Gospel of Mark | Seeing | Mark 10.46-52 | movementministriesblog.com

by | Apr 24, 2024

“Then they came to Jericho. As Jesus and his disciples, together with a large crowd, were leaving the city, a blind man, Bartimaeus (which means “son of Timaeus”), was sitting by the roadside begging. 47 When he heard that it was Jesus of Nazareth, he began to shout, “Jesus, Son of David, have mercy on me!” 48 Many rebuked him and told him to be quiet, but he shouted all the more, “Son of David, have mercy on me!” 49 Jesus stopped and said, “Call him.” So they called to the blind man, “Cheer up! On your feet! He’s calling you.” 50 Throwing his cloak aside, he jumped to his feet and came to Jesus. 51 “What do you want me to do for you?” Jesus asked him. The blind man said, “Rabbi, I want to see.” 52 “Go,” said Jesus, “your faith has healed you.”Immediately he received his sight and followed Jesus along the road.” Mark 10.46-52

Seeing is truly believing.

For years, I had heard about how big New York City was, but it wasn’t until I was in my forties that I could see it for myself. The hundreds of skyscrapers, the millions of people, and the vastness of Central Park were impressive. I had to see it to believe it.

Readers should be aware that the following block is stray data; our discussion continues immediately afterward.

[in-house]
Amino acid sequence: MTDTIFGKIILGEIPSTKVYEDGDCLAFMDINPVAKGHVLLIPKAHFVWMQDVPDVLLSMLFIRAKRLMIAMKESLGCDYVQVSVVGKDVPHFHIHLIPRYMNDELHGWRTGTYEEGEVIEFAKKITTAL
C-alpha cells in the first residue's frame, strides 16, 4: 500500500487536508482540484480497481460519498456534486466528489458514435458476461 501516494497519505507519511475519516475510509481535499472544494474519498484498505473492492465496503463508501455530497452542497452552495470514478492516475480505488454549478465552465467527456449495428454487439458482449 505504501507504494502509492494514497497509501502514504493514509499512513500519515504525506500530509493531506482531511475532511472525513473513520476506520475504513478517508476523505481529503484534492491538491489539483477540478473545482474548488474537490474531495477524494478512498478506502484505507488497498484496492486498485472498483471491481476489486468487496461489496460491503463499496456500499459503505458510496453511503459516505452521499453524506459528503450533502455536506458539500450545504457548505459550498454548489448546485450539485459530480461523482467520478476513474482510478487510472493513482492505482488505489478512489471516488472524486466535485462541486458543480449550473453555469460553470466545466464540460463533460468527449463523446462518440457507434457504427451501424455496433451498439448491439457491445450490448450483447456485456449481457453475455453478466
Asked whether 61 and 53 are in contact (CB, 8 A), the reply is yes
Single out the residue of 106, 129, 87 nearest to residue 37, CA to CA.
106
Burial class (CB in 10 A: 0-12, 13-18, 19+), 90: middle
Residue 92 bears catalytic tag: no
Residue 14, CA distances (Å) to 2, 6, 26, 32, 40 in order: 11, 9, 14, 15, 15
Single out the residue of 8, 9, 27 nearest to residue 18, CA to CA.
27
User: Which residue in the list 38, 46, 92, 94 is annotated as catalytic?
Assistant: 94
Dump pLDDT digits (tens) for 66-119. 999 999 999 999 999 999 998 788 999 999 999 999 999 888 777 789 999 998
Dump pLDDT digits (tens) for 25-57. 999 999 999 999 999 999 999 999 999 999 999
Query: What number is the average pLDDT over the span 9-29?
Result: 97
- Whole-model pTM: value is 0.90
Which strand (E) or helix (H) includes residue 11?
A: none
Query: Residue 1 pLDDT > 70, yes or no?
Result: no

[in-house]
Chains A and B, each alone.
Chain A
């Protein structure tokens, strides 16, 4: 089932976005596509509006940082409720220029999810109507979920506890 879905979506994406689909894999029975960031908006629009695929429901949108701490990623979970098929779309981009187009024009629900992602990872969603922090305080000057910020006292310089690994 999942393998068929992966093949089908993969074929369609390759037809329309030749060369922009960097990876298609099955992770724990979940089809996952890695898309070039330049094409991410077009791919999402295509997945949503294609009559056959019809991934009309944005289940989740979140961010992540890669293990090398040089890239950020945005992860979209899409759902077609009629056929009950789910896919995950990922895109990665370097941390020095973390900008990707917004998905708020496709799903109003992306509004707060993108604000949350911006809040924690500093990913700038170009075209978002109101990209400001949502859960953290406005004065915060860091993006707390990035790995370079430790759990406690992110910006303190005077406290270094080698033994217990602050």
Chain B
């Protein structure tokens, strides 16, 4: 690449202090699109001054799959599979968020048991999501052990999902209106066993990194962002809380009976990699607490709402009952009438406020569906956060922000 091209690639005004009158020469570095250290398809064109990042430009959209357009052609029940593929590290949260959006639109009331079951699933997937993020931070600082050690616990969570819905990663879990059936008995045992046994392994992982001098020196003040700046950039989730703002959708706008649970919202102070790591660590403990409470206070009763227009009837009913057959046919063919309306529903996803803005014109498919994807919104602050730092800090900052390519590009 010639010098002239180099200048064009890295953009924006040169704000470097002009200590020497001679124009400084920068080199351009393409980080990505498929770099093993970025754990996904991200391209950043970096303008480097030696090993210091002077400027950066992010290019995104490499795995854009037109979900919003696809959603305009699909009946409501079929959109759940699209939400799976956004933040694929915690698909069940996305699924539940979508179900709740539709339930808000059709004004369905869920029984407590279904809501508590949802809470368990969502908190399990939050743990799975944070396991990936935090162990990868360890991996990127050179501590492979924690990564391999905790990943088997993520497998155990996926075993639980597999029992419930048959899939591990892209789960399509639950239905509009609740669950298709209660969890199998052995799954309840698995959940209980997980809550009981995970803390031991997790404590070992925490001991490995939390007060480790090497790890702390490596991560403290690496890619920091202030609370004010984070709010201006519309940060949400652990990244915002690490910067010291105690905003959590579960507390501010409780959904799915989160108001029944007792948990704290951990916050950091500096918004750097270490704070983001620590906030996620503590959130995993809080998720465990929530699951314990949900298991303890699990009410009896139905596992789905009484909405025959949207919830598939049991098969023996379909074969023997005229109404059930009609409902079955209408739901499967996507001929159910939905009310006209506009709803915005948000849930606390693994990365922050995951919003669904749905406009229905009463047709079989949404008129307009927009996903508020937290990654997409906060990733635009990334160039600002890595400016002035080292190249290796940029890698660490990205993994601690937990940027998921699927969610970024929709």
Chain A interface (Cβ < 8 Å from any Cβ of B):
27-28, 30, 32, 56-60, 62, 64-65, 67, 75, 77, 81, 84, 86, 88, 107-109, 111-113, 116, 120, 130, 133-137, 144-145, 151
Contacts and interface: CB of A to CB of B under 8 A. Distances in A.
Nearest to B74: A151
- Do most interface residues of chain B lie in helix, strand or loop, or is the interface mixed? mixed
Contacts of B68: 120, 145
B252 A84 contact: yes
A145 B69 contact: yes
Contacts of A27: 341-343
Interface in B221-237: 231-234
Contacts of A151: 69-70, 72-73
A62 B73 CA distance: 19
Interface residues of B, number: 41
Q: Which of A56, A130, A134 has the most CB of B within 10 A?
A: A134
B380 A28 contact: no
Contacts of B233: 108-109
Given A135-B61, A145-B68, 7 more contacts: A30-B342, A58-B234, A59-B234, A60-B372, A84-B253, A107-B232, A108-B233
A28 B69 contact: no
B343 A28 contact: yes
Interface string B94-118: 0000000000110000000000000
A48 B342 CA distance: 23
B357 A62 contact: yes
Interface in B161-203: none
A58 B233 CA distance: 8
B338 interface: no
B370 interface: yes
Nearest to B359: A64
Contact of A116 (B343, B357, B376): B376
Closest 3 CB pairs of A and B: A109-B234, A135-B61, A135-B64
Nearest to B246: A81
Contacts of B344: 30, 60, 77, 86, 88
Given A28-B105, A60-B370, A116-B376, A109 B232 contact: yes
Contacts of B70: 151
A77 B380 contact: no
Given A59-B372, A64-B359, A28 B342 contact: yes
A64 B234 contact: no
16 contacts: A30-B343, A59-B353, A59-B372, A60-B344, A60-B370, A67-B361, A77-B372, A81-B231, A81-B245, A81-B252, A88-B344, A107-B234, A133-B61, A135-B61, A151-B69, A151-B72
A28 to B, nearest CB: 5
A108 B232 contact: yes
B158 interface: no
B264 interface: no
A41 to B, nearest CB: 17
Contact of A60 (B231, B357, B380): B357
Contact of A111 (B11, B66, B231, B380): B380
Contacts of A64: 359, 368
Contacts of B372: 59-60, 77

But for Bartimaeus, he believed without seeing. He had heard about Jesus, the miracle worker who made the sick well. Although he couldn’t see for himself, his hearing, as a blind person, was even more acute. He listened to the stories about Jesus, and when the miracle worker showed up in Jericho, Bartimaeus was determined not to miss out.

The desperation of Bartimaeus strikes me as uncommon. Over and over again, he calls out, “Jesus, Son of David, have mercy on me.” He’s even hushed by those near him until Jesus hears his call of faith and brings Bartimaeus before him. Despite knowing that Bartimaeus is blind, Jesus asks, “What do you want me to do for you?” And Bartimaeus speaks his deepest need: “I want to see.” Jesus heals him in that very moment.

What would complete desperation look like in our lives? Are we willing to be laid bare before God, revealing our deepest needs? Are we crazy enough to call out in prayer, “Jesus, save me,” over and over again? If we’ve learned anything from Bartimaeus, it’s that Jesus notices persistence and prayer for healing.

We are all in need. What do you need the Lord to do for you today? Why not call out to him, “Lord Jesus, have mercy upon me, a sinner!”

“O Lord God, you are good. In my weakness, you are made strong. You guide my steps, lead me in your ways. I do not always want to go where you lead me, although I know it is best. I thank you, Lord, for your patience. Sanctify me, fill me with your Spirit. Let me know that you are good and that you are God. I love you, Lord, and praise your name. For you are good and your love endures forever.” Amen